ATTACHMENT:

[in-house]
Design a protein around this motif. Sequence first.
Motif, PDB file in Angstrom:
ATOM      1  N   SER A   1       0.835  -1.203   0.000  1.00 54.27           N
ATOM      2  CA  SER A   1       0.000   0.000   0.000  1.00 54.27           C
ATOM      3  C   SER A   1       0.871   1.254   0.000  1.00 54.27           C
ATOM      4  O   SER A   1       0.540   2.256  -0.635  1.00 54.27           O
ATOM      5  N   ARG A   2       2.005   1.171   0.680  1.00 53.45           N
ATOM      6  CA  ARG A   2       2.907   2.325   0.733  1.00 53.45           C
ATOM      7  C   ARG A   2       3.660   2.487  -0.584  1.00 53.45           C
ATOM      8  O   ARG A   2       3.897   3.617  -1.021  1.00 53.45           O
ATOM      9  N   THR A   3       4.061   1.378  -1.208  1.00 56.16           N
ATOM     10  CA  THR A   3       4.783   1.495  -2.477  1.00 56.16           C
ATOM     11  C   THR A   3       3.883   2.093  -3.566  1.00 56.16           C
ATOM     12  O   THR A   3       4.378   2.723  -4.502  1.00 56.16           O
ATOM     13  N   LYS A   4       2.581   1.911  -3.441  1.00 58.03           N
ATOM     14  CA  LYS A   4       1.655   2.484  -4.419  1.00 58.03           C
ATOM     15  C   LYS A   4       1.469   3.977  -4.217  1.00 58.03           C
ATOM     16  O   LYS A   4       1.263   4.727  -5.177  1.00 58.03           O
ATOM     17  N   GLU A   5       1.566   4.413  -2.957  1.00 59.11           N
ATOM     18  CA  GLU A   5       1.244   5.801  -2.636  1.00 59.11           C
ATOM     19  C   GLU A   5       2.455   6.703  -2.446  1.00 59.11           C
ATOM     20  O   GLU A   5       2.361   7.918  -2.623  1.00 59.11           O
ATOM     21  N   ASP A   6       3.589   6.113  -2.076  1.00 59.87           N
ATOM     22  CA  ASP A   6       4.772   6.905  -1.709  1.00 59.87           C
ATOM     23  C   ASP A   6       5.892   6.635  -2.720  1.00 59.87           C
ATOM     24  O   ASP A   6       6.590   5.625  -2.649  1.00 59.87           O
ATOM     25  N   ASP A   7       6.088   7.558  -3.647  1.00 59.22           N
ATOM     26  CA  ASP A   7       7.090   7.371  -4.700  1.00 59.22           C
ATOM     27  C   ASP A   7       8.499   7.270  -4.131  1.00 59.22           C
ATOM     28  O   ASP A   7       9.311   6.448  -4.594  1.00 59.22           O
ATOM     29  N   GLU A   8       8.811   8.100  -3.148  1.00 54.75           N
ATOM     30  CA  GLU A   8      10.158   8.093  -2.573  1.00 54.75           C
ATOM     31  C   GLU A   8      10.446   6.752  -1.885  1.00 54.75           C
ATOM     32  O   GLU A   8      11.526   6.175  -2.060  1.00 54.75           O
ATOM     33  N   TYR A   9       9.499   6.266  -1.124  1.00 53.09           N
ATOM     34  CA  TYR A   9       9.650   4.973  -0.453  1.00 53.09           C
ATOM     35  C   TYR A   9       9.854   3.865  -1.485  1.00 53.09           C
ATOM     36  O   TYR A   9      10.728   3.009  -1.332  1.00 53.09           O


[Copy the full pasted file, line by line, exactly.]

[in-house]
Design a protein around this motif. Sequence first.
Motif, PDB file in Angstrom:
ATOM      1  N   SER A   1       0.835  -1.203   0.000  1.00 54.27           N
ATOM      2  CA  SER A   1       0.000   0.000   0.000  1.00 54.27           C
ATOM      3  C   SER A   1       0.871   1.254   0.000  1.00 54.27           C
ATOM      4  O   SER A   1       0.540   2.256  -0.635  1.00 54.27           O
ATOM      5  N   ARG A   2       2.005   1.171   0.680  1.00 53.45           N
ATOM      6  CA  ARG A   2       2.907   2.325   0.733  1.00 53.45           C
ATOM      7  C   ARG A   2       3.660   2.487  -0.584  1.00 53.45           C
ATOM      8  O   ARG A   2       3.897   3.617  -1.021  1.00 53.45           O
ATOM      9  N   THR A   3       4.061   1.378  -1.208  1.00 56.16           N
ATOM     10  CA  THR A   3       4.783   1.495  -2.477  1.00 56.16           C
ATOM     11  C   THR A   3       3.883   2.093  -3.566  1.00 56.16           C
ATOM     12  O   THR A   3       4.378   2.723  -4.502  1.00 56.16           O
ATOM     13  N   LYS A   4       2.581   1.911  -3.441  1.00 58.03           N
ATOM     14  CA  LYS A   4       1.655   2.484  -4.419  1.00 58.03           C
ATOM     15  C   LYS A   4       1.469   3.977  -4.217  1.00 58.03           C
ATOM     16  O   LYS A   4       1.263   4.727  -5.177  1.00 58.03           O
ATOM     17  N   GLU A   5       1.566   4.413  -2.957  1.00 59.11           N
ATOM     18  CA  GLU A   5       1.244   5.801  -2.636  1.00 59.11           C
ATOM     19  C   GLU A   5       2.455   6.703  -2.446  1.00 59.11           C
ATOM     20  O   GLU A   5       2.361   7.918  -2.623  1.00 59.11           O
ATOM     21  N   ASP A   6       3.589   6.113  -2.076  1.00 59.87           N
ATOM     22  CA  ASP A   6       4.772   6.905  -1.709  1.00 59.87           C
ATOM     23  C   ASP A   6       5.892   6.635  -2.720  1.00 59.87           C
ATOM     24  O   ASP A   6       6.590   5.625  -2.649  1.00 59.87           O
ATOM     25  N   ASP A   7       6.088   7.558  -3.647  1.00 59.22           N
ATOM     26  CA  ASP A   7       7.090   7.371  -4.700  1.00 59.22           C
ATOM     27  C   ASP A   7       8.499   7.270  -4.131  1.00 59.22           C
ATOM     28  O   ASP A   7       9.311   6.448  -4.594  1.00 59.22           O
ATOM     29  N   GLU A   8       8.811   8.100  -3.148  1.00 54.75           N
ATOM     30  CA  GLU A   8      10.158   8.093  -2.573  1.00 54.75           C
ATOM     31  C   GLU A   8      10.446   6.752  -1.885  1.00 54.75           C
ATOM     32  O   GLU A   8      11.526   6.175  -2.060  1.00 54.75           O
ATOM     33  N   TYR A   9       9.499   6.266  -1.124  1.00 53.09           N
ATOM     34  CA  TYR A   9       9.650   4.973  -0.453  1.00 53.09           C
ATOM     35  C   TYR A   9       9.854   3.865  -1.485  1.00 53.09           C
ATOM     36  O   TYR A   9      10.728   3.009  -1.332  1.00 53.09           O